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To Borrow Or Not To Borrow

The loan profile should never be more than 50 per cent of the value of one’s assets, whether it is a term loan or a credit limit

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Though we have been running a successful entrepreneurial venture for the past 10 years, the subject of borrowing capital has always been a burning issue every time we discuss financial planning and upscaling our business. We are into the milk product manufacturing trade, which is highly capital intensive, both in terms of assets and working capital. The trade is also extremely fast-moving in nature, and requires a high degree of financial discipline and planning.

My family was in the business of manufacturing chewing tobacco. This is a low-turnover, high-profit business requiring very basic machinery and equipment. We were always told to stay away from high-risk sectors and also from taking karz (borrowing). As luck would have it, we landed in the highest-risk sector at that time, which was so capital-intensive that the promoter could not afford it.

So, we started out by putting in minimal resources without borrowing from any external sources. We reopened the milk powder manufacturing unit and began to do a basic renovation. This unit was something my father had bought as a real estate investment. By God’s grace, we earned handsome profits in the first year of operation and recovered the amount that we had invested. This encouraged us to go for capacity enhancement, which required some good amount of money. But being as conservative as we were, we dug into the family resources for this project. In the past, we had refrained from going into the high-risk business and stayed away from manufacturing perishable goods. However, bit by the entrepreneurial bug, we thought of going full throttle on the fresh milk business, which obviously required additional capital. And this was not possible without getting the forbidden karz. We took the plunge and borrowed money, and today we are a successful company with a CAGR of more than 30%. In 2015, the company achieved a turnover of $56 million, and it is now on track to breach $76 million in 2016, which represents a 38% growth year over year. This would not have been possible without the borrowing, and this borrowing has also grown with the growth of our business.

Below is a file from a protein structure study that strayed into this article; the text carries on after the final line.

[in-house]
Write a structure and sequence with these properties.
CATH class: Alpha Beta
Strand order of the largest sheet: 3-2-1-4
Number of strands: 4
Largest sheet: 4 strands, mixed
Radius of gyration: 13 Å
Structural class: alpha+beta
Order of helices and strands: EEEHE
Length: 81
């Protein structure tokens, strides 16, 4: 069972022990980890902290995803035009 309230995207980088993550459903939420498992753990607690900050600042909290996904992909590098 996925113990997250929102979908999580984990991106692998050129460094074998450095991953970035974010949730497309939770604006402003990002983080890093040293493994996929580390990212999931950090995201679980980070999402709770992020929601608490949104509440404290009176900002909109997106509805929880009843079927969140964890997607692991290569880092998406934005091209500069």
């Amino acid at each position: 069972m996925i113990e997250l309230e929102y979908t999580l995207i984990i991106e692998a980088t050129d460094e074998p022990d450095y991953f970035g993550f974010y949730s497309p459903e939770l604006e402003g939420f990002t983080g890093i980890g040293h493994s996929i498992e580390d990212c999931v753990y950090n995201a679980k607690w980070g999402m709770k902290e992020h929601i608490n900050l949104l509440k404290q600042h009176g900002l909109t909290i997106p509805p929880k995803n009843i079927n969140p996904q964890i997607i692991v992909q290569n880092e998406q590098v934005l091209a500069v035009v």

That brings us to the main question: How much should one borrow? I believe in the saying: “Debt is a trap.” Henceforth, before getting into this trap, the way out should always be clear. Even the most seasoned crusaders fail because of over confidence.

We have been conservative in our approach, and we consider that to be a big reason for our success.

To begin with, the loan profile should never be more than 50 percent of the value of one’s assets, whether it is a term loan or a credit limit. Even this requires a good amount of discipline. Subject matter experts should not take a moratorium of more than six months and should always be ready with a repayment plan before even borrowing the money. The longer one holds on to a loan, the deeper one falls into the trap. So, if one wants to go for an expansion, look at bringing in partners (strategic investors, equity partners, relatives, etc.), rather than loading one’s company with an excessive interest burden. It is better to use the money for the growth of the company than to give a part of the hard-earned income back to the bank. Surely, the next level of growth will then come through “investors” instead of coming from the “lenders.”

Jai Agarwal is the Managing Director of CP Milk & Food Products. In 2005, he started a manufacturing unit of dairy products with a turnover of $2.6 million in the first year and became the second-highest selling brand in the region within one year. As a member of the Entrepreneurs’ Organization’s (EO) Uttar Pradesh Chapter, Agarwal has attended various EO learning events in the Chapter and across the South Asia region, which have been instrumental in providing insights on financial planning and more, in his business. With EO’s support, Agarwal was able to prevent unhealthy situations in his trade, while considering his business brand as an independent property and how it should be valued.

Disclaimer: The views expressed in the article above are those of the authors' and do not necessarily represent or reflect the views of this publishing house. Unless otherwise noted, the author is writing in his/her personal capacity. They are not intended and should not be thought to represent official ideas, attitudes, or policies of any agency or institution.


Jai Agarwal

Jai Agarwal is the Managing Director, CP Milk & Food Products. In 2005, he started a manufacturing unit of dairy products with a turnover of $2.6 million in the first year and became the second highest selling brand in the region within one year. As part of the Aces forum, I have attended learning events and RIE in New Delhi. These events have been instrumental in providing insights on financial planning in my business. After listening to various leaders during the forums, I have started considering my brand as an independent property and how it should be valued. The family business workshops have helped me to prevent unhealthy situations in the trade. EO is now an intrinsic part of my thought process with which I conduct my business.

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